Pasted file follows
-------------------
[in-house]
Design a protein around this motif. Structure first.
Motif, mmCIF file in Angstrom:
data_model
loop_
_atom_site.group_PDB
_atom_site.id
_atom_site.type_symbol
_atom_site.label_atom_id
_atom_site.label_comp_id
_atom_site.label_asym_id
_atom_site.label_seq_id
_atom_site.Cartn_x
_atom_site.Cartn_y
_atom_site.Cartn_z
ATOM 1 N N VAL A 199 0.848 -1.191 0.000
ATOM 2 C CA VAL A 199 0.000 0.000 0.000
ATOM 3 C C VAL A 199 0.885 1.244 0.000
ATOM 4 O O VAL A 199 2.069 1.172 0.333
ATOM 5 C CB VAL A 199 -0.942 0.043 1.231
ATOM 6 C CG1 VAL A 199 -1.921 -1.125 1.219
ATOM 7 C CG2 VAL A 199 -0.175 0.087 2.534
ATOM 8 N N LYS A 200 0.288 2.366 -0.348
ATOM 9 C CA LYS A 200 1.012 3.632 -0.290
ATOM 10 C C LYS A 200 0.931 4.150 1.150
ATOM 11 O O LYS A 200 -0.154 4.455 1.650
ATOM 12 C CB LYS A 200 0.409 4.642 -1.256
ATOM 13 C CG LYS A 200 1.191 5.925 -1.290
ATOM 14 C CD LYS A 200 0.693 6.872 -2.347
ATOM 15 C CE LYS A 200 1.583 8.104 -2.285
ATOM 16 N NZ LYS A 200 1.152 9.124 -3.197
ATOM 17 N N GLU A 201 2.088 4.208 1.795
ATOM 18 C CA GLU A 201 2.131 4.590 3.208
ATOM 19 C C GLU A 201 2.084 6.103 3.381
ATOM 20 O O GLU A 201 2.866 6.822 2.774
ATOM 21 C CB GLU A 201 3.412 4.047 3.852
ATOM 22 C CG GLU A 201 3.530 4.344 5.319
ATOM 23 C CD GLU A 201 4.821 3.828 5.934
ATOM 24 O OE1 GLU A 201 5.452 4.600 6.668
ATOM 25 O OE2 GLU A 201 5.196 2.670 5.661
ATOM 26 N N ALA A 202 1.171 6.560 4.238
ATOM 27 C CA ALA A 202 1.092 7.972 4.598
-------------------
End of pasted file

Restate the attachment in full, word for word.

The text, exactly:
[in-house]
Design a protein around this motif. Structure first.
Motif, mmCIF file in Angstrom:
data_model
loop_
_atom_site.group_PDB
_atom_site.id
_atom_site.type_symbol
_atom_site.label_atom_id
_atom_site.label_comp_id
_atom_site.label_asym_id
_atom_site.label_seq_id
_atom_site.Cartn_x
_atom_site.Cartn_y
_atom_site.Cartn_z
ATOM 1 N N VAL A 199 0.848 -1.191 0.000
ATOM 2 C CA VAL A 199 0.000 0.000 0.000
ATOM 3 C C VAL A 199 0.885 1.244 0.000
ATOM 4 O O VAL A 199 2.069 1.172 0.333
ATOM 5 C CB VAL A 199 -0.942 0.043 1.231
ATOM 6 C CG1 VAL A 199 -1.921 -1.125 1.219
ATOM 7 C CG2 VAL A 199 -0.175 0.087 2.534
ATOM 8 N N LYS A 200 0.288 2.366 -0.348
ATOM 9 C CA LYS A 200 1.012 3.632 -0.290
ATOM 10 C C LYS A 200 0.931 4.150 1.150
ATOM 11 O O LYS A 200 -0.154 4.455 1.650
ATOM 12 C CB LYS A 200 0.409 4.642 -1.256
ATOM 13 C CG LYS A 200 1.191 5.925 -1.290
ATOM 14 C CD LYS A 200 0.693 6.872 -2.347
ATOM 15 C CE LYS A 200 1.583 8.104 -2.285
ATOM 16 N NZ LYS A 200 1.152 9.124 -3.197
ATOM 17 N N GLU A 201 2.088 4.208 1.795
ATOM 18 C CA GLU A 201 2.131 4.590 3.208
ATOM 19 C C GLU A 201 2.084 6.103 3.381
ATOM 20 O O GLU A 201 2.866 6.822 2.774
ATOM 21 C CB GLU A 201 3.412 4.047 3.852
ATOM 22 C CG GLU A 201 3.530 4.344 5.319
ATOM 23 C CD GLU A 201 4.821 3.828 5.934
ATOM 24 O OE1 GLU A 201 5.452 4.600 6.668
ATOM 25 O OE2 GLU A 201 5.196 2.670 5.661
ATOM 26 N N ALA A 202 1.171 6.560 4.238
ATOM 27 C CA ALA A 202 1.092 7.972 4.598